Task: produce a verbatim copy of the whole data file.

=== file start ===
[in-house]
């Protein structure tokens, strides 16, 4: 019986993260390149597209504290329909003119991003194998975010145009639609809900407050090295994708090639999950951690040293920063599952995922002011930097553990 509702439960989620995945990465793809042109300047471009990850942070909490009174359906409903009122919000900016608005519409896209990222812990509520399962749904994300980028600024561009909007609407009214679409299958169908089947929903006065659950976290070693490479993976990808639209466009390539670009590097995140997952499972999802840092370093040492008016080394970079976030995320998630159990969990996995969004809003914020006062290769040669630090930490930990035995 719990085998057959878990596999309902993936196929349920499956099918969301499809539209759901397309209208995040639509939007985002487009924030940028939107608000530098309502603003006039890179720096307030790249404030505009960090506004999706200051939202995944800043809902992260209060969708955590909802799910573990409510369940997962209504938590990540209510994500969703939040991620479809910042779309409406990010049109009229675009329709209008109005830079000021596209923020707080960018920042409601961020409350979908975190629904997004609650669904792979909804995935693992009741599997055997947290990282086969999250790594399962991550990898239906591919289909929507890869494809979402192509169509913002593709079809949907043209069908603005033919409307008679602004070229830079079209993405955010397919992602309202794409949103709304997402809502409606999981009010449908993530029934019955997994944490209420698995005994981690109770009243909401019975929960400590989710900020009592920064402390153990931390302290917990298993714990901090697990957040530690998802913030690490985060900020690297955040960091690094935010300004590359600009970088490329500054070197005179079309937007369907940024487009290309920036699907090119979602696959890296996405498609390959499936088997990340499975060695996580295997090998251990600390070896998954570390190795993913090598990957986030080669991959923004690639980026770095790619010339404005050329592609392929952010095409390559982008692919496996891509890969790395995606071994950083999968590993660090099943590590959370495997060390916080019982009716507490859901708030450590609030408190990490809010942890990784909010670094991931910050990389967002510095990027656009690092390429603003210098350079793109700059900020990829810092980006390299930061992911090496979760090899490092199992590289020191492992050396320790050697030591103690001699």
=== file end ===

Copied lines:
[in-house]
């Protein structure tokens, strides 16, 4: 019986993260390149597209504290329909003119991003194998975010145009639609809900407050090295994708090639999950951690040293920063599952995922002011930097553990 509702439960989620995945990465793809042109300047471009990850942070909490009174359906409903009122919000900016608005519409896209990222812990509520399962749904994300980028600024561009909007609407009214679409299958169908089947929903006065659950976290070693490479993976990808639209466009390539670009590097995140997952499972999802840092370093040492008016080394970079976030995320998630159990969990996995969004809003914020006062290769040669630090930490930990035995 719990085998057959878990596999309902993936196929349920499956099918969301499809539209759901397309209208995040639509939007985002487009924030940028939107608000530098309502603003006039890179720096307030790249404030505009960090506004999706200051939202995944800043809902992260209060969708955590909802799910573990409510369940997962209504938590990540209510994500969703939040991620479809910042779309409406990010049109009229675009329709209008109005830079000021596209923020707080960018920042409601961020409350979908975190629904997004609650669904792979909804995935693992009741599997055997947290990282086969999250790594399962991550990898239906591919289909929507890869494809979402192509169509913002593709079809949907043209069908603005033919409307008679602004070229830079079209993405955010397919992602309202794409949103709304997402809502409606999981009010449908993530029934019955997994944490209420698995005994981690109770009243909401019975929960400590989710900020009592920064402390153990931390302290917990298993714990901090697990957040530690998802913030690490985060900020690297955040960091690094935010300004590359600009970088490329500054070197005179079309937007369907940024487009290309920036699907090119979602696959890296996405498609390959499936088997990340499975060695996580295997090998251990600390070896998954570390190795993913090598990957986030080669991959923004690639980026770095790619010339404005050329592609392929952010095409390559982008692919496996891509890969790395995606071994950083999968590993660090099943590590959370495997060390916080019982009716507490859901708030450590609030408190990490809010942890990784909010670094991931910050990389967002510095990027656009690092390429603003210098350079793109700059900020990829810092980006390299930061992911090496979760090899490092199992590289020191492992050396320790050697030591103690001699």